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New Frontier Chronicle: Brakes on meals (4/24/2017) The Trump administration’s 2018 budget proposes to eliminate Community Development and Community Services Block Grants, two key funding streams that Meals on Wheels programs rely on. The budget also proposes a 17.9 percent budget cut to the U.S. Department of Health and Human Services. The HHS administers the Older Americans Act, which accounts for about 35 percent of Meals on Wheels program’s budget. Meals on Wheels serves more than 2 million seniors each year, delivering more than 218 million meals. Justice in Aging’s Eric Carlson said, “Meals on Wheels programs are incredibly important. There really isn’t an alternative. When you think about it, what else would you do?”

An in-home care program for California’s elderly and disabled is constantly at the heart of budget battles. Here’s why

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Los Angeles Times: An in-home care program for California’s elderly and disabled is constantly at the heart of budget battles. Here’s why (4/18/2017) Funding for California’s In-Home Supportive Services (IHSS) program continues be a source of friction between the state and county governments. Recent budget battles include the Brown administration proposing to restore the old IHSS cost-sharing arrangement, which would shift $600 million cost back to counties. The program, which cares for more than half a million people, allows consumers to stay in their homes and saves the state money on institutional care. Justice in Aging’s staff attorney Claire Ramsey said that, “Overall, it is an invaluable program and it really has accomplished a lot of the goals it set out to accomplish.”

Medicaid Caps Pitched By GOP Could Shrink Seniors’ Benefits

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California Healthline: Medicaid Caps Pitched By GOP Could Shrink Seniors’ Benefits (3/21/2017) A Republican-proposed bill aims to cap federal Medicaid contribution to states. Medicaid pays for more than half of all long-term care in the US and supports more than 2 million low-income seniors. Advocates oppose the cap, fearing that benefits could shrink or disappear. Justice in Aging’s Eric Carlson said,“It doesn’t matter whether it’s a block grant or per-capita cap. Either way the federal government is setting a hard limit on federal funding available, and states are going to be forced to make due with whatever is sent to them, and it’s not going to be enough.”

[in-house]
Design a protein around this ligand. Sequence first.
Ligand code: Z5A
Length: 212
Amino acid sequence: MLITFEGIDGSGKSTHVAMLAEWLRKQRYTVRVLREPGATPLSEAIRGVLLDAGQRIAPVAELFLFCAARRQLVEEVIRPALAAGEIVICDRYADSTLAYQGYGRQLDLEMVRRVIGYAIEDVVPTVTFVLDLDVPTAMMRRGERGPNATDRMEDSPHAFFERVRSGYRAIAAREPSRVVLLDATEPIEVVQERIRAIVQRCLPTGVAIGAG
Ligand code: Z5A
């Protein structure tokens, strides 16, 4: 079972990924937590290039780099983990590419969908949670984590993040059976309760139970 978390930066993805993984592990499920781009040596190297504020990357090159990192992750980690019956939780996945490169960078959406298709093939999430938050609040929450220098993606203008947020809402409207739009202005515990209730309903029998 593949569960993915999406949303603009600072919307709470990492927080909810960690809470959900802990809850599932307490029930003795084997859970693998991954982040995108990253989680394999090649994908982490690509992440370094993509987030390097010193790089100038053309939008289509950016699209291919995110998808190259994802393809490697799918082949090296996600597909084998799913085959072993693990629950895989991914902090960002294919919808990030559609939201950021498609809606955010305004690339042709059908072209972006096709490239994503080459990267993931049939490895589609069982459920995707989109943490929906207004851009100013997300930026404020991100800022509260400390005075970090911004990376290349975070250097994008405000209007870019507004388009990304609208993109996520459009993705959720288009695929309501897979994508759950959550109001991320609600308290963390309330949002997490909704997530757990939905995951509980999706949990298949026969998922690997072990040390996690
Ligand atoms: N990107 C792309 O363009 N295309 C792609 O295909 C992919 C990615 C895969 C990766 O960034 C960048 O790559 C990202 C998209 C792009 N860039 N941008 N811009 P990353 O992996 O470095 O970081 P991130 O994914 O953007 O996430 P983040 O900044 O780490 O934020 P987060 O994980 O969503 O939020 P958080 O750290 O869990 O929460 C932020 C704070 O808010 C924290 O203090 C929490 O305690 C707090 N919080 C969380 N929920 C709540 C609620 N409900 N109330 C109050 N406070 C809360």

Trump Administration Removes LGBTQ Questions From Elderly Survey

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NBC News: Trump Administration Removes LGBTQ Questions From Elderly Survey (3/20/2017) A 2017 draft of the National Survey of Older American Act Participants (NSOAAP), used by the federal government to allocate around $2 billion for senior services across the nation, has eliminated questions about LGBTQ seniors. Questions about sexual orientation and gender identity were added in 2014. A 2016 report from Justice in Aging revealed that LGBTQ seniors rely heavily on services offered by groups funded through the survey.

Senior Advocates Oppose “Age Tax” Bill And “Trumpcare”

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Public News Service: Senior Advocates Oppose “Age Tax” Bill And “Trumpcare” (3/16/2017) A bill proposed in the House of Representatives would raise the amount of insurance paid by seniors by up to five times the current amount. Advocacy groups oppose the bill. Justice in Aging’s Amber Christ said, “It’s particularly problematic because it’s increasing the amount of premiums older adults will be subject to while also decreasing the amount in tax premium credits that older adults will receive.”